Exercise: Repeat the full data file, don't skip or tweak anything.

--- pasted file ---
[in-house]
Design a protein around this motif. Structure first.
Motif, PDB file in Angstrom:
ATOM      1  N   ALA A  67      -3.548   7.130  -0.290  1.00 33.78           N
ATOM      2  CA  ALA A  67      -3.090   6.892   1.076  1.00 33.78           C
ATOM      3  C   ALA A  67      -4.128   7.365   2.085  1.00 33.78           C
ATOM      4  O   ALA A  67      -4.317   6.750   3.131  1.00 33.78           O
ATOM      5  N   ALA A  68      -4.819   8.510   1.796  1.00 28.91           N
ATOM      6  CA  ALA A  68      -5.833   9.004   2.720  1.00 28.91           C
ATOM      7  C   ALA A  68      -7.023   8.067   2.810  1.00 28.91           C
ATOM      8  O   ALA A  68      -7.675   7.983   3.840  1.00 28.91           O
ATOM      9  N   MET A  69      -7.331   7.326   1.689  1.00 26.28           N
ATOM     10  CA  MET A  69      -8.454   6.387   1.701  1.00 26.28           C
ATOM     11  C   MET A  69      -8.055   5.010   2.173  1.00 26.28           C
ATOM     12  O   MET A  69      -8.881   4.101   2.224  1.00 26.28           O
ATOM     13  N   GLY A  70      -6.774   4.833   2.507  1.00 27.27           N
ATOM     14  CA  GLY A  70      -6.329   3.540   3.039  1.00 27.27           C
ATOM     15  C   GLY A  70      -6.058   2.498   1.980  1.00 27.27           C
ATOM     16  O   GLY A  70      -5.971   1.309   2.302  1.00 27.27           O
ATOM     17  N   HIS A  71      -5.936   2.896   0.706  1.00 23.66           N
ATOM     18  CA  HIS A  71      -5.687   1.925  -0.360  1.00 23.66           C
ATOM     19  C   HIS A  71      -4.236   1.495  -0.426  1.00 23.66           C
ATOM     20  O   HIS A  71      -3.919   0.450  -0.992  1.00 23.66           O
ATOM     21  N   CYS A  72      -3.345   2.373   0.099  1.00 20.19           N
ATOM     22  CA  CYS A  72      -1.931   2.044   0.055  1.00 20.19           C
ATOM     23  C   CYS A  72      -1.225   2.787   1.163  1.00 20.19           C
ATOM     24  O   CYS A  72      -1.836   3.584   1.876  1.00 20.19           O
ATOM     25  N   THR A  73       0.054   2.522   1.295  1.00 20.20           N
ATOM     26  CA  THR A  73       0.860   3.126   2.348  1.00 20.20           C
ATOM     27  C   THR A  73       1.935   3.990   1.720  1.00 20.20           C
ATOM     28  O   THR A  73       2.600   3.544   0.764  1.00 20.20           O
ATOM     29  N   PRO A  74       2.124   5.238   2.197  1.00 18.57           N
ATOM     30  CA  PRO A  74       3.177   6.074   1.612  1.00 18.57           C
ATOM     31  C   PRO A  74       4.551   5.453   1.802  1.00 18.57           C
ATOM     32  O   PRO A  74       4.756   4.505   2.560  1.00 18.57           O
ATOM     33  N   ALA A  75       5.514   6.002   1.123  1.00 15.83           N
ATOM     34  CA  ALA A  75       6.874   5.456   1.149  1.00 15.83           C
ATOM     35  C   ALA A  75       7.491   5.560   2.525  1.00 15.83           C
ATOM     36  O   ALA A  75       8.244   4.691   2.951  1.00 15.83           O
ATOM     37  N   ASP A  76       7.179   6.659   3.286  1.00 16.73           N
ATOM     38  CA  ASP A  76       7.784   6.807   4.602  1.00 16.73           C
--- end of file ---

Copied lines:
[in-house]
Design a protein around this motif. Structure first.
Motif, PDB file in Angstrom:
ATOM      1  N   ALA A  67      -3.548   7.130  -0.290  1.00 33.78           N
ATOM      2  CA  ALA A  67      -3.090   6.892   1.076  1.00 33.78           C
ATOM      3  C   ALA A  67      -4.128   7.365   2.085  1.00 33.78           C
ATOM      4  O   ALA A  67      -4.317   6.750   3.131  1.00 33.78           O
ATOM      5  N   ALA A  68      -4.819   8.510   1.796  1.00 28.91           N
ATOM      6  CA  ALA A  68      -5.833   9.004   2.720  1.00 28.91           C
ATOM      7  C   ALA A  68      -7.023   8.067   2.810  1.00 28.91           C
ATOM      8  O   ALA A  68      -7.675   7.983   3.840  1.00 28.91           O
ATOM      9  N   MET A  69      -7.331   7.326   1.689  1.00 26.28           N
ATOM     10  CA  MET A  69      -8.454   6.387   1.701  1.00 26.28           C
ATOM     11  C   MET A  69      -8.055   5.010   2.173  1.00 26.28           C
ATOM     12  O   MET A  69      -8.881   4.101   2.224  1.00 26.28           O
ATOM     13  N   GLY A  70      -6.774   4.833   2.507  1.00 27.27           N
ATOM     14  CA  GLY A  70      -6.329   3.540   3.039  1.00 27.27           C
ATOM     15  C   GLY A  70      -6.058   2.498   1.980  1.00 27.27           C
ATOM     16  O   GLY A  70      -5.971   1.309   2.302  1.00 27.27           O
ATOM     17  N   HIS A  71      -5.936   2.896   0.706  1.00 23.66           N
ATOM     18  CA  HIS A  71      -5.687   1.925  -0.360  1.00 23.66           C
ATOM     19  C   HIS A  71      -4.236   1.495  -0.426  1.00 23.66           C
ATOM     20  O   HIS A  71      -3.919   0.450  -0.992  1.00 23.66           O
ATOM     21  N   CYS A  72      -3.345   2.373   0.099  1.00 20.19           N
ATOM     22  CA  CYS A  72      -1.931   2.044   0.055  1.00 20.19           C
ATOM     23  C   CYS A  72      -1.225   2.787   1.163  1.00 20.19           C
ATOM     24  O   CYS A  72      -1.836   3.584   1.876  1.00 20.19           O
ATOM     25  N   THR A  73       0.054   2.522   1.295  1.00 20.20           N
ATOM     26  CA  THR A  73       0.860   3.126   2.348  1.00 20.20           C
ATOM     27  C   THR A  73       1.935   3.990   1.720  1.00 20.20           C
ATOM     28  O   THR A  73       2.600   3.544   0.764  1.00 20.20           O
ATOM     29  N   PRO A  74       2.124   5.238   2.197  1.00 18.57           N
ATOM     30  CA  PRO A  74       3.177   6.074   1.612  1.00 18.57           C
ATOM     31  C   PRO A  74       4.551   5.453   1.802  1.00 18.57           C
ATOM     32  O   PRO A  74       4.756   4.505   2.560  1.00 18.57           O
ATOM     33  N   ALA A  75       5.514   6.002   1.123  1.00 15.83           N
ATOM     34  CA  ALA A  75       6.874   5.456   1.149  1.00 15.83           C
ATOM     35  C   ALA A  75       7.491   5.560   2.525  1.00 15.83           C
ATOM     36  O   ALA A  75       8.244   4.691   2.951  1.00 15.83           O
ATOM     37  N   ASP A  76       7.179   6.659   3.286  1.00 16.73           N
ATOM     38  CA  ASP A  76       7.784   6.807   4.602  1.00 16.73           C